How Does Cold Weather Impact Your Car?
Wherever you are in New Zealand, there are things you should know about winter driving and winter car maintenance. Even if you live in a region that doesn’t see any snow, winter temperatures can affect your car maintenance, performance and safety.
One of the ways that cold weather can affect your car is by reducing its fuel economy. Extremely cold temperatures can cause thickening of the fuel, which means that it doesn’t flow easily. It won’t freeze (it has to be minus 40 degrees for that to happen). But your engine needs to work harder in cold temperatures, so you may find you’re using more petrol in the winter.
There may also be more strain on your car’s battery in the winter as you use the electrics more. Things like the car heating, demister, rear defroster, heated seats and wipers all drain the battery. This is true for any type of vehicle, not just a petrol vehicle, so make sure you have your battery tested before winter sets in.
Diesel engines are harder to start in cold weather and can be impacted more in the winter than petrol engines. Diesel engines rely on higher temperatures to start, and as soon as the temperature drops, you may notice it becomes harder to start a diesel engine in the winter.
In very cold temperatures, diesel can start to form crystals that clog the fuel filters and fuel lines. There are anti-gel additives that can be used, as well as winter diesel blends you can buy if you live in a region where the temperatures get low enough to affect the diesel.
Cold weather does affect an EV’s efficiency. Lower temperatures impact the battery chemistry, resulting in lower energy or power for acceleration.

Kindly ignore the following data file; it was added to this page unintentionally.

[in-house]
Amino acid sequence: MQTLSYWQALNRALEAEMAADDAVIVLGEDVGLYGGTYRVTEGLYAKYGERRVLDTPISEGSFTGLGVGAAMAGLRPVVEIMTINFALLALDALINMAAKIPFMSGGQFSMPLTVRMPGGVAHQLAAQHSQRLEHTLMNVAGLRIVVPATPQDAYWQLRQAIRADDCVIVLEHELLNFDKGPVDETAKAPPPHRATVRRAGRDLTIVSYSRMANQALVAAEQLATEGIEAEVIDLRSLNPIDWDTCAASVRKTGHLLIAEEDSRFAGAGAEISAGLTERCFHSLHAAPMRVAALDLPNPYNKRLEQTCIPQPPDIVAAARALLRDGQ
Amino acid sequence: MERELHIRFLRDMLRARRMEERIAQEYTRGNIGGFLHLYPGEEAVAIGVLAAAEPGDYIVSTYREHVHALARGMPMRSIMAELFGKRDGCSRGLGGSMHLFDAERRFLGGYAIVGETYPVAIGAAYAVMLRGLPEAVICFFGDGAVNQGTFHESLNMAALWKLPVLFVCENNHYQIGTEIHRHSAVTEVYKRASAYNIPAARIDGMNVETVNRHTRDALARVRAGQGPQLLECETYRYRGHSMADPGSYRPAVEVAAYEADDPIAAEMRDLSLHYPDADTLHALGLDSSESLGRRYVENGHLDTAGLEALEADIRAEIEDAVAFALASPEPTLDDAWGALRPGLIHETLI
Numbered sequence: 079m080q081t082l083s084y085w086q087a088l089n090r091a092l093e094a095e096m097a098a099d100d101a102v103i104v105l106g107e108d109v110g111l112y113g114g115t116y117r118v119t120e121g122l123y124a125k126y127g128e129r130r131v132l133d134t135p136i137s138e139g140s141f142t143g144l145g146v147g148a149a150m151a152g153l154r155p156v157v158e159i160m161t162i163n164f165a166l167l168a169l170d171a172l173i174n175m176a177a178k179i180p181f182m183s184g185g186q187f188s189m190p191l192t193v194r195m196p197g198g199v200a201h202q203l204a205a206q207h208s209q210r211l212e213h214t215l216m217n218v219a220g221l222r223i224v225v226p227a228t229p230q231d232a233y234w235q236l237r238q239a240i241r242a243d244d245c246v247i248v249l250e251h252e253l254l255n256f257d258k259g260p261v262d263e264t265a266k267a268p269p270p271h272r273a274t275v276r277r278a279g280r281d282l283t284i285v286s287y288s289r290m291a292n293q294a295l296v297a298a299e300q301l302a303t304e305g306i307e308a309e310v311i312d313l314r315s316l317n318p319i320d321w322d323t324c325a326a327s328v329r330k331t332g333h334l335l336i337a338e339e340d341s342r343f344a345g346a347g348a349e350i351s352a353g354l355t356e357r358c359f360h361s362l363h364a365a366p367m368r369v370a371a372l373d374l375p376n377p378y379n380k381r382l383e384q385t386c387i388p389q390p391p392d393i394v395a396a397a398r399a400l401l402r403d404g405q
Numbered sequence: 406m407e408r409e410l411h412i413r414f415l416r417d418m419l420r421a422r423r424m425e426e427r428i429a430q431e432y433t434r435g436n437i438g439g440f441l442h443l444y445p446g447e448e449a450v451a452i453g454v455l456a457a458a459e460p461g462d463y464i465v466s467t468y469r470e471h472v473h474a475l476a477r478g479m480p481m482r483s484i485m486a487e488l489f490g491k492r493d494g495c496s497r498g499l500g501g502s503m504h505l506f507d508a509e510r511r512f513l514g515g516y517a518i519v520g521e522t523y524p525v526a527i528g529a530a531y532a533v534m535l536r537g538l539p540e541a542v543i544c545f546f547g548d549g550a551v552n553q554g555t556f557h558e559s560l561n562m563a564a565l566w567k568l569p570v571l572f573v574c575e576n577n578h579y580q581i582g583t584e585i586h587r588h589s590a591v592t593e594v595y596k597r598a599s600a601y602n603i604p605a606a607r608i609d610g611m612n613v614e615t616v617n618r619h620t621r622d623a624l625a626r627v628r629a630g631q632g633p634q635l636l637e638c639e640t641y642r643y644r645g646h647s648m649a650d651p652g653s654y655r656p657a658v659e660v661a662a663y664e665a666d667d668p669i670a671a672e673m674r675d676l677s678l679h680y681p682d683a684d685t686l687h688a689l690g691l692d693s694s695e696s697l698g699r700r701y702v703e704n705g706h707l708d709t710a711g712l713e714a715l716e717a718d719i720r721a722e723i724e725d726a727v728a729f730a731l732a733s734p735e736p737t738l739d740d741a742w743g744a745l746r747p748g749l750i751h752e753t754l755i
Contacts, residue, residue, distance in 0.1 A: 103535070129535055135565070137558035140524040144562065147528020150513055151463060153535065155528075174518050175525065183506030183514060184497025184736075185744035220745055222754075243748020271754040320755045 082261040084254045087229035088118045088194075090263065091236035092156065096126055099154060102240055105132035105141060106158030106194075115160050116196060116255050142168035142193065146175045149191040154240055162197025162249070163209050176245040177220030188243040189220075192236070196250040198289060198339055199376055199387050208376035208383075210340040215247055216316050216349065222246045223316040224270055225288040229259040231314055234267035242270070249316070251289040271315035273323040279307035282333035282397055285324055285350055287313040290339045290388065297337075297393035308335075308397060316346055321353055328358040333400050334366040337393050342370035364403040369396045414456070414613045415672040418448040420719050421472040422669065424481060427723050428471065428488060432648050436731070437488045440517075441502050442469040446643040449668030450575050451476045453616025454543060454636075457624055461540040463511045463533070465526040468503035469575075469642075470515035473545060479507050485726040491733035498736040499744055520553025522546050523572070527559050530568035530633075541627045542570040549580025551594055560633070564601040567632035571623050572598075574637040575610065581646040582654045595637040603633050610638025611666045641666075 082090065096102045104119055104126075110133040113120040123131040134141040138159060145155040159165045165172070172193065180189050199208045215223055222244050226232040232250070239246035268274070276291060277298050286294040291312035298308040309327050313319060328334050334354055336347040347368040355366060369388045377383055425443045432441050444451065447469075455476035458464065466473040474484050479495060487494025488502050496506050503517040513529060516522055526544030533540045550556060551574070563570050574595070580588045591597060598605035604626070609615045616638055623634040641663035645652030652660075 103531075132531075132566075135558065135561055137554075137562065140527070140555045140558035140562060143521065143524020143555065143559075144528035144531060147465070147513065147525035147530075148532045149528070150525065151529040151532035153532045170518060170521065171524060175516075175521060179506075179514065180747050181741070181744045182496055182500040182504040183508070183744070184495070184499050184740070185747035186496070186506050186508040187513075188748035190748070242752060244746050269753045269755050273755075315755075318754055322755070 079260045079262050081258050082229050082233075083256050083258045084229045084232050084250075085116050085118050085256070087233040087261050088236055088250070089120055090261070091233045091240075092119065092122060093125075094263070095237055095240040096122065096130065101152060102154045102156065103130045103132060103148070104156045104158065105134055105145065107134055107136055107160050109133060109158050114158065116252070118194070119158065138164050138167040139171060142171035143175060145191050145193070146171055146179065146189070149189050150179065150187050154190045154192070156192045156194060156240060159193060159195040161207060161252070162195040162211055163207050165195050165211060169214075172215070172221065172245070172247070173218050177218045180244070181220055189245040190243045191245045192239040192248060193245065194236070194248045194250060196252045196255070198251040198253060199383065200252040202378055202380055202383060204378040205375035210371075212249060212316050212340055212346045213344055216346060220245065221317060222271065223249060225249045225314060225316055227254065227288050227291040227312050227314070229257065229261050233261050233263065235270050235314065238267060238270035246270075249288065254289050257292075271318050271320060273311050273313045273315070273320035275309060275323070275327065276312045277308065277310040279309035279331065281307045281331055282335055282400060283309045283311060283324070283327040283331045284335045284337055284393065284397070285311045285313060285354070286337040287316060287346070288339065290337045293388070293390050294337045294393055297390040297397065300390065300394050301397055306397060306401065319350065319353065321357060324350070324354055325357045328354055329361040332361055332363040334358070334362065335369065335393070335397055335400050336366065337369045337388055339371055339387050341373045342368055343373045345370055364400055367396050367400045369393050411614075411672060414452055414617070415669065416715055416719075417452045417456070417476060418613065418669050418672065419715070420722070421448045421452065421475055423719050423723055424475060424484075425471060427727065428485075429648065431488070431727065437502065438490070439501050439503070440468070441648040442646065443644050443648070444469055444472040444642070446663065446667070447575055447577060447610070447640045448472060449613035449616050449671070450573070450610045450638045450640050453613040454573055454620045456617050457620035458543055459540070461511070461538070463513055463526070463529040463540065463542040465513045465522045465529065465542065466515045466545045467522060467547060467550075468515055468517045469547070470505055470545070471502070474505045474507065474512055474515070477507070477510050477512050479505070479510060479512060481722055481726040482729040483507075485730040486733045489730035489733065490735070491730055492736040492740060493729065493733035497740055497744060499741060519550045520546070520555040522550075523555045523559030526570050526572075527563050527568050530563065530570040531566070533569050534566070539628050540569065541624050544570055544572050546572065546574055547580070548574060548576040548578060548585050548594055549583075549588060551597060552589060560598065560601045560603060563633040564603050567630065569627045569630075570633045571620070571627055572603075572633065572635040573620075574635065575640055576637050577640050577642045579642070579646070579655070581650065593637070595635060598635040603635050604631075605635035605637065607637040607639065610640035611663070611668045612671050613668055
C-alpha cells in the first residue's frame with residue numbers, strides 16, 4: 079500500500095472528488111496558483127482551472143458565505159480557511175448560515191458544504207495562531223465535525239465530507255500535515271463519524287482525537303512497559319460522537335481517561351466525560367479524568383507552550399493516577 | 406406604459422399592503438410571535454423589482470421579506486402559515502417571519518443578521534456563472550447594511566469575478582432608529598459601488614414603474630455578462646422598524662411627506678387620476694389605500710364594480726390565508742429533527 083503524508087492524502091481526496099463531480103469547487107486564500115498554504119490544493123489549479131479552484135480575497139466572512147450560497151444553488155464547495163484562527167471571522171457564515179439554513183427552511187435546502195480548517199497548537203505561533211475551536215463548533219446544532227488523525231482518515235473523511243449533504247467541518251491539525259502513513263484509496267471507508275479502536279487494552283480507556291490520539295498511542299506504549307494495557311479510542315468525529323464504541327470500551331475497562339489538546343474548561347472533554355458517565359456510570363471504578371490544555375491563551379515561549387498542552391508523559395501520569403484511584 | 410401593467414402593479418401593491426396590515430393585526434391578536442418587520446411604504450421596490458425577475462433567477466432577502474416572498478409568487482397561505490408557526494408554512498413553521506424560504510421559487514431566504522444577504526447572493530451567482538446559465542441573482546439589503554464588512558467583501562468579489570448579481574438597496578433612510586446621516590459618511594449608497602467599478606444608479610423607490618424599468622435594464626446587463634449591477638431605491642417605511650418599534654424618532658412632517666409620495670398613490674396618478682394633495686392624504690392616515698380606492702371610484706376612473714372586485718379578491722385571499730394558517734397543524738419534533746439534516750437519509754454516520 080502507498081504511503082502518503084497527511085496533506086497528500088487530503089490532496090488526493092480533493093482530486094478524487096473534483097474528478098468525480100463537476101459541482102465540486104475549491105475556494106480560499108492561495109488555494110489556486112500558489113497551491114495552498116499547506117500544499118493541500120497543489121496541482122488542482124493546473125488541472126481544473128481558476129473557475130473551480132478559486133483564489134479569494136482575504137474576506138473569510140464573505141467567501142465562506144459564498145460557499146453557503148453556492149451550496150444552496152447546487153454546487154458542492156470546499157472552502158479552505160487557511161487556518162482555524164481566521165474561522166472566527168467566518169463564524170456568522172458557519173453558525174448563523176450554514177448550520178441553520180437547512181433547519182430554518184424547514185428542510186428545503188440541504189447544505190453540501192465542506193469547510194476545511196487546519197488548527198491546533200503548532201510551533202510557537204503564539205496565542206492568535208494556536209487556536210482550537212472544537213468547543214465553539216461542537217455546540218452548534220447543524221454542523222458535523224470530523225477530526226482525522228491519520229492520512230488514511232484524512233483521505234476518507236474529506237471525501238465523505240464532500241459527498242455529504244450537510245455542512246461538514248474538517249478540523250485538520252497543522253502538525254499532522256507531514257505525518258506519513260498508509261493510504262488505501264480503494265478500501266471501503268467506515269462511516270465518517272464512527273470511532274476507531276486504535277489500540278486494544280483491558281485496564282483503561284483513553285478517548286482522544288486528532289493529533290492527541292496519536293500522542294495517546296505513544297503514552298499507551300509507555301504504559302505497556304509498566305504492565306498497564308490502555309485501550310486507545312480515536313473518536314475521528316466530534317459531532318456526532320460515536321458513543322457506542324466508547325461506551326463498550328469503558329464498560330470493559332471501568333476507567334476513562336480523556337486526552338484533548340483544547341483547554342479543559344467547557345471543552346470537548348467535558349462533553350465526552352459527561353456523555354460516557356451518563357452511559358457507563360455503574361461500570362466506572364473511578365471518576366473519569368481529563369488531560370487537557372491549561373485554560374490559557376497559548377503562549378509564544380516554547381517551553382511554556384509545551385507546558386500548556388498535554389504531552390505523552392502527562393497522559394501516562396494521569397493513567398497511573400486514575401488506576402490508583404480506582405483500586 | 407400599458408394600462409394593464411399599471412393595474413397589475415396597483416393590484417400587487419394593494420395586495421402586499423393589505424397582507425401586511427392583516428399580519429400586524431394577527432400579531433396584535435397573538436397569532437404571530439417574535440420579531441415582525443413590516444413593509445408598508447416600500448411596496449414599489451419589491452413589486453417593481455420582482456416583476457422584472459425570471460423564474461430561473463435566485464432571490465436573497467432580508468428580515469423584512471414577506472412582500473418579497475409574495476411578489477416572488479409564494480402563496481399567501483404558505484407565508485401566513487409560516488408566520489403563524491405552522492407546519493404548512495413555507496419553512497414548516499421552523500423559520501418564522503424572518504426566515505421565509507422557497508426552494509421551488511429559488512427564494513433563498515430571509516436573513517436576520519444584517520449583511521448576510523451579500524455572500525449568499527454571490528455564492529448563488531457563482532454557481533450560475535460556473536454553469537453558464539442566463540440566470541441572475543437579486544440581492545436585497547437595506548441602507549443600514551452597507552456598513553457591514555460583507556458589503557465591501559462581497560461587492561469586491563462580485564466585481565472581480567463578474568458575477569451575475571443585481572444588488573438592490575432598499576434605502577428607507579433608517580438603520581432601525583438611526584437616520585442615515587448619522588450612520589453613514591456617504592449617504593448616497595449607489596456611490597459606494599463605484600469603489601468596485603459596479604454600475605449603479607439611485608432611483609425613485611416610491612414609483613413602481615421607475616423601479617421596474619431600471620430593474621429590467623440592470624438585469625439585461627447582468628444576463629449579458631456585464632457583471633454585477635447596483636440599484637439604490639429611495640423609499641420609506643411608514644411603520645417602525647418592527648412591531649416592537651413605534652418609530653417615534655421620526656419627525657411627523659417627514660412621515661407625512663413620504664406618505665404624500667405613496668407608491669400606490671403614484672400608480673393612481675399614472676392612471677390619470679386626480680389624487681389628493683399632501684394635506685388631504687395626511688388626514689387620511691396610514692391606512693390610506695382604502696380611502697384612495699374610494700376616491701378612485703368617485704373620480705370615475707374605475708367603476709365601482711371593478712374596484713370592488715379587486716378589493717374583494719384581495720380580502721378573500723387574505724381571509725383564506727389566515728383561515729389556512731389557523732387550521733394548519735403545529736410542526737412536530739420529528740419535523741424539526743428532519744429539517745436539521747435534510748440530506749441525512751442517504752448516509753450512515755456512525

Main Things To Consider While Driving In Winter
You might recall the instruction, “drive to the conditions”. What this means is that you need to adapt your driving habits and speed to the conditions you’re driving in. Your car may respond more slowly in the rain and snow. It may take longer to brake on wet or icy pavement, and your car may veer or swerve if you brake suddenly on wet or icy roads.
Driver responsiveness and visibility
You the driver may also respond more slowly in the rain and snow. This is because visibility is likely to be reduced. Make sure you clear your car panels, windows and windscreen of all snow and ice. Top up your windscreen fluid. And adjust your speed – even slowing down 5-10 kph can increase your safety significantly.
In winter conditions, it’s important to allow more space between you and the cars around you. Not only will you need longer to brake, the other drivers will as well, so create a buffer when you can. Allow for more distance between your car and the car in front – while driving as well as when you’re stopped at a red light. If someone behind you cannot stop in time, you don’t also want to hit the car in front of you.
When driving on the motorway, don’t allow yourself to get boxed in. Leave room in front, but also try to allow for room to move sideways to the adjacent lane if you need to avoid a collision.
Slippery roads or black ice
When driving in the winter, you need to be prepared for conditions to change as you drive. It may be sunny and dry when you set off, but then you find yourself in the middle of a rainy spell or snowstorm. Be prepared for road conditions to change, and adjust your driving as needed.
Black ice is common in colder parts of the country when water freezes on the road. Despite its name, it’s not actually black – it’s clear ice that forms when water freezes. It looks black because of the tarmac, and it can be very difficult to see.
If you come across a slippery section of road or black ice, your car may swerve. Try to remain calm, and take your foot off the accelerator. Do not brake suddenly as that will probably make the swerving more severe. If you can, steer into the swerve to straighten the car out. Once the car slows down, the tyres will regain their traction.